Fresh Air Vallejo has also raised red flags about the almost round-the-clock truck traffic and continuous lighting at the plant. There’s also concern that, in addition to slag and other cement components, the marine terminal could be used to handle coal shipments. Oakland’s recent termination of the lease for a planned coal terminal at the former Oakland Army Base might make that more likely.
Backing the Orcem/VMT venture is the Mare Island Straits Economic Development Committee, chaired by City Council member Jess Malgapo and aligned with the JumpStart Vallejo Political Action Committee. According to the Vallejo Times-Herald, Orcem and VMT have contributed to the JumpStart PAC, funding the campaigns of Malgapo and fellow Council members Pippin Dew, Hermie Sunga, and Rozzana Verder-Aliga in 2016 and 2018. The four of them made up the majority that voted in 2017 to override the Planning Commission’s rejection of the Orcem/VMT permit applications. Fresh Air Vallejo dubbed them the “Orcem Four.” Brooks says it was learned through a Freedom of Information Act request that Malgapo and his allies met secretly with Orcem/VMT representatives to discuss the project.
Malgapo and Dew, endorsed by JumpStart Vallejo, were up for re-election this year, as was Katy Miessner, who had been in the minority in the 2017 vote. JumpStart also backed challenger Hakeem Brown, owner and operator of a local cannabis business. During the campaign, Orcem/VMT became the proverbial elephant in the living room. City Attorney Claudia Quintana advised the three incumbents not to comment on the issue because of the pending appeal, and they all appear to have complied. “The City Council, in an appeal, sits in a quasi-judicial capacity,” Quintana told the Times-Herald. If a Council member made statements that appeared to be pre-judging the case, she said, any subsequent decision could be invalidated. Although Quintana clarified that this did not apply to Brown and the other non-incumbent, Brown acted as if it had.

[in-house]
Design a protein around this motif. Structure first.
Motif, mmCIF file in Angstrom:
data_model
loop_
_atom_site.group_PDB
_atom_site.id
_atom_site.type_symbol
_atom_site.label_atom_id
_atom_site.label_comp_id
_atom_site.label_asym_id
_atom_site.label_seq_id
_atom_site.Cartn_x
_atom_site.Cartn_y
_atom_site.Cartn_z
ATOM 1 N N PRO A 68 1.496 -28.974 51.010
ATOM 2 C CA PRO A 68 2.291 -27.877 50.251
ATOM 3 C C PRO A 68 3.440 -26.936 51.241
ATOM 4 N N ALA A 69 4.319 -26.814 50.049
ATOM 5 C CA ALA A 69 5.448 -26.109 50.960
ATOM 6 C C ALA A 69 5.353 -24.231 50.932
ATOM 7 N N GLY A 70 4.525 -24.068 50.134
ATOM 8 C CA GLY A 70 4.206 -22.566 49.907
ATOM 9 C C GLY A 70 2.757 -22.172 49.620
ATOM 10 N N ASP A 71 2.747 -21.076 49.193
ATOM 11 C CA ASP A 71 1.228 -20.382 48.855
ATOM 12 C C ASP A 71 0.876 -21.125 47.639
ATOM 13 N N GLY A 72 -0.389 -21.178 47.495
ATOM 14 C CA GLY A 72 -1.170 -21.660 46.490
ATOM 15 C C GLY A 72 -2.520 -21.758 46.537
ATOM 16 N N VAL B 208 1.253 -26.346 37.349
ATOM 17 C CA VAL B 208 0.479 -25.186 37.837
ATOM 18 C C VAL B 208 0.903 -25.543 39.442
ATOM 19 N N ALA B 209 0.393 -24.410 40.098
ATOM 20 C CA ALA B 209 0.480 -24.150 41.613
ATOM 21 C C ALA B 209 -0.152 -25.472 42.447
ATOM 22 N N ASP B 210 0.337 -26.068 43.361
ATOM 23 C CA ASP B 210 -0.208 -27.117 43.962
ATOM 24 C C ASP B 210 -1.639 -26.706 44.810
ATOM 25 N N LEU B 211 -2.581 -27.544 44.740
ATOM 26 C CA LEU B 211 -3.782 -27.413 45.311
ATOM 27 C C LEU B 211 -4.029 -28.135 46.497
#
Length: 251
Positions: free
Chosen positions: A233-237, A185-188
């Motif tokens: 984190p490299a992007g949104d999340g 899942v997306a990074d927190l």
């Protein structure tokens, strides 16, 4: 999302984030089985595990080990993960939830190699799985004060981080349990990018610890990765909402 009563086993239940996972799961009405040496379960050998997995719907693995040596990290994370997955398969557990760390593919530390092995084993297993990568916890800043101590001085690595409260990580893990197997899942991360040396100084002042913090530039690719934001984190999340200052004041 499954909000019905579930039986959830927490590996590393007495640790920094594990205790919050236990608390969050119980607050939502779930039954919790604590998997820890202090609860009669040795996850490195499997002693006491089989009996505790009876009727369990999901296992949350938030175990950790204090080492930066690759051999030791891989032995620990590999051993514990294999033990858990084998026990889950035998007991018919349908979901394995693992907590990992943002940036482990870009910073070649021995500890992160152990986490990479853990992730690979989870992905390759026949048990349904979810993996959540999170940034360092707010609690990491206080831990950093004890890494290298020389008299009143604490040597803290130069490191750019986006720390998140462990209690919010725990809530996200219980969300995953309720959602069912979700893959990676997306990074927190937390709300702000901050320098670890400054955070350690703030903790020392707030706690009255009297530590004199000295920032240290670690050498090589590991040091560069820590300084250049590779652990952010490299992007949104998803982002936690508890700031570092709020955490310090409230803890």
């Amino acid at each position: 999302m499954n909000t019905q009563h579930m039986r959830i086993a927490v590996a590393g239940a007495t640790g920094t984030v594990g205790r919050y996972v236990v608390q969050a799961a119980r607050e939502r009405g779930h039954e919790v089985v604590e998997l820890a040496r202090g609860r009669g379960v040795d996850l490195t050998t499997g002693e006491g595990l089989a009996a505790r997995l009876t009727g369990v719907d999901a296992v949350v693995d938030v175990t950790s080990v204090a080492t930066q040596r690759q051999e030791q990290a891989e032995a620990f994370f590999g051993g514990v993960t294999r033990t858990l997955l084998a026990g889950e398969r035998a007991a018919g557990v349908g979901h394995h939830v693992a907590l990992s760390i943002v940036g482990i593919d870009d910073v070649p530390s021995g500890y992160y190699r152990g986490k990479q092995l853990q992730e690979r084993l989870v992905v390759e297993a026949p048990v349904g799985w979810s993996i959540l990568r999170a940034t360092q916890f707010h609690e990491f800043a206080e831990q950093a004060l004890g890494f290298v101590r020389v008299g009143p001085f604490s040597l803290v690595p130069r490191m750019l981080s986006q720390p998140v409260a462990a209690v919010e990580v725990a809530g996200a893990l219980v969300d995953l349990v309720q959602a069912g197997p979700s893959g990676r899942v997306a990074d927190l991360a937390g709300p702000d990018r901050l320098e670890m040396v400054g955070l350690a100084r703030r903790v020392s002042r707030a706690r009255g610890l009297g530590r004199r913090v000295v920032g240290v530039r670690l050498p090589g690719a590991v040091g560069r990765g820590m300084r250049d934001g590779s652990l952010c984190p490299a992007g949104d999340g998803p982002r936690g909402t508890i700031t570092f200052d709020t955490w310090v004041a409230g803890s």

When the ballots were counted, Brown joined Miessner and Dew on the Council; Malgapo lost his seat. Despite his endorsement by JumpStart, Fresh Air Vallejo’s Brooks sees Brown as a wild card, noting that the candidate pledged never to do anything that would hurt the people of Vallejo: “There’s no doubt in my mind that he’s seen firsthand how many people, especially children, in South Vallejo are suffering from air pollution.”
Before the new Council had a chance to meet, the Department of Justice issued a 13-page letter signed by Deputy Attorney General Erin Ganahl, warning of potential violations of the California Environmental Quality Act. The document, citing a report from independent air quality analyst Camille Sears that focused on emissions from vessels using the marine terminal, stated that the EIR “fails to adequately disclose, analyze, and mitigate the significant environmental impacts of the project,” while the Environmental Justice Analysis (EJA) “improperly concludes that the Project would not disproportionately impact low-income communities of color.”